Double Jeopardy and Roger Clemens

baseball statue.jpgLess than two months ago, U.S. District Court Judge Reggie Walton declared a mistrial in the Roger Clemens case after the prosecutors played an inadmissible video clip to the jury.  Judge Walton said the experienced prosecutors made a mistake that a “first-year law student” would not make.  Judge Walton will determine whether Roger Clemens may be prosecuted again or whether he is protected by the 5th Amendment’s “Double Jeopardy Clause.” Clemens would be tried on the same criminal charges (perjury and obstruction of justice) and “jeopardy” had attached when the jury was impaneled and sworn in.  

Generally, when a mistrial is granted in response to a defendant’s motion, any double jeopardy claims are waived. However, the standard for double jeopardy, following a mistrial granted as a result of a prosecutor’s conduct is whether the actions were intended to provoke the defendant into asking for a mistrial.  Oregon v. Kennedy, 456 U.S. 667 (1982). Basically, did the prosecutor try to goad the defense –if so, double jeopardy applies.   If the prosecutors “merely” made a mistake, even the kind a law student wouldn’t make, then Clemens will face another jury trial.

Rarely does a DOJ prosecutor find herself subjected to an inquiry of her intentional conduct.  Prosecutors take an oath to defend “the Constitution of the United States against all enemies, foreign and domestic. …” and then spend their professional careers seeking to convict individuals who intend to and do commit crimes. Starched white shirts, dark-blue suits and a gold badge. On the other hand, the DOJ attorneys are accused, by the defense, that they acted in bad-faith and intentionally contravened the Judiciary and the Constitution.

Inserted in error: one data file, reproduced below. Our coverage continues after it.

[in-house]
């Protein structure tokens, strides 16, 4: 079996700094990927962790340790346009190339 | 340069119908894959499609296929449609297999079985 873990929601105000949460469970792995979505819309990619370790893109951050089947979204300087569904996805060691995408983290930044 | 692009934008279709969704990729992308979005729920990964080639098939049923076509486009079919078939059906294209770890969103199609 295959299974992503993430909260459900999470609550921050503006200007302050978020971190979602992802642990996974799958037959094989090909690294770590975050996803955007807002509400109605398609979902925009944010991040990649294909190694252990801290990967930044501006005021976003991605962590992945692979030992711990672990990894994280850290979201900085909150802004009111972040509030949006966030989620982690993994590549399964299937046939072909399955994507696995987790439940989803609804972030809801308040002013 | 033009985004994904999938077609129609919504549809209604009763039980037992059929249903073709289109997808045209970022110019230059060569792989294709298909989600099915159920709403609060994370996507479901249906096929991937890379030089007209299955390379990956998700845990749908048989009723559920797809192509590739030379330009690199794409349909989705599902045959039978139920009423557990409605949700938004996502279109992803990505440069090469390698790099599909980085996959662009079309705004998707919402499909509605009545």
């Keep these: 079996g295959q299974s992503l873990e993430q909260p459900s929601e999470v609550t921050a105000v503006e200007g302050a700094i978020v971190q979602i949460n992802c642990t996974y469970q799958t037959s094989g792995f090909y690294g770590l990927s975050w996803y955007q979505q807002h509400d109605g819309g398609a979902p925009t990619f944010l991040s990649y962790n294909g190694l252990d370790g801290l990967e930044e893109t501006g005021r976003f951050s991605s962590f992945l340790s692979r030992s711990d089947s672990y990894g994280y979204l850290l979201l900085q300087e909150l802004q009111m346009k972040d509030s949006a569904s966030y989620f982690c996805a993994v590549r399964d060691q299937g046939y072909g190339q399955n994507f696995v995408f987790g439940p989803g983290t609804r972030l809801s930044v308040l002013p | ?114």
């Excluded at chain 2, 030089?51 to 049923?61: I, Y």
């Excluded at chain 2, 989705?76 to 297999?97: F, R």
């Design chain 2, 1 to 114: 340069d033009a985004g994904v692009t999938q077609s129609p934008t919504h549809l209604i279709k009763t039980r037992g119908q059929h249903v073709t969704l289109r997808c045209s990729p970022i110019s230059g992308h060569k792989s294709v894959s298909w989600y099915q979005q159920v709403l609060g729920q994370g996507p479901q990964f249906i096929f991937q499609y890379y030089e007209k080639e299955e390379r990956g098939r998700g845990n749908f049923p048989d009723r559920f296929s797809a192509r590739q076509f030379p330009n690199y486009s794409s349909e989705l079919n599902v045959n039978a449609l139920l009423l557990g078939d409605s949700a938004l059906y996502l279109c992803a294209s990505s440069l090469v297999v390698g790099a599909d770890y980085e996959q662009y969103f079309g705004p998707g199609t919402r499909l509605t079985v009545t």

In the Clemens’ case, the prosecutors have to show that playing the excluded and prejudicial video tape to the jury was not an act intended to make Clemens seek a mistrial.  How can the prosecutors do that?  Easy.  All they have to do is admit that they made a huge mistake.  Not surprisingly, the prosecutors did exactly that.  In response to Clemens’ double jeopardy motion, the prosecutors wrote “[t]he government accepts full responsibility for its oversight, and regrets the burdens that error has placed on this court and the defendant.”  The prosecutors admitted their blunder and apologized to Judge Walton and Clemens.  If Judge Walton believes in the sincerity of the prosecutors explanation and mea culpa for their “mistake”, double jeopardy will not apply.

law columns.jpgThe prosecutors were wise  to accept responsibility, express remorse for their error and likely promise to do a better job with their videos at the next trial.  Sounds a lot like a criminal sentencing hearing.  What the prosecutors did not do is attempt to blame others, make a host of excuses for playing the video clip or, apparently, lie about what happened. 

The original conduct is almost always easier to deal with than an attendant perjury or obstruction charge as a result of not accepting responsibility and lying about it.  That’s what the Clemens’ first trial was about and so will the second.


On September 2, Judge Walton determined that Clemens’ may be reprosecuted.  During oral argument, the lead prosecutor explained that his father was at the trial and he “would never dishonor my family by violating a court ruling.”  Judge Walton asked why Clemens should bear the expense of the government’s costly mistake, however, he only ruled on the issue of double jeopardy.   



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About the Editor
Hayes Hunt concentrates his practice in the representation of individuals, corporations and executives in a wide variety of federal and state criminal law and regulatory enforcement matters as well as complex civil litigation. Hayes is a partner in the firm's Commercial Litigation Department as well as its Criminal Defense and Governmental Investigations Group.
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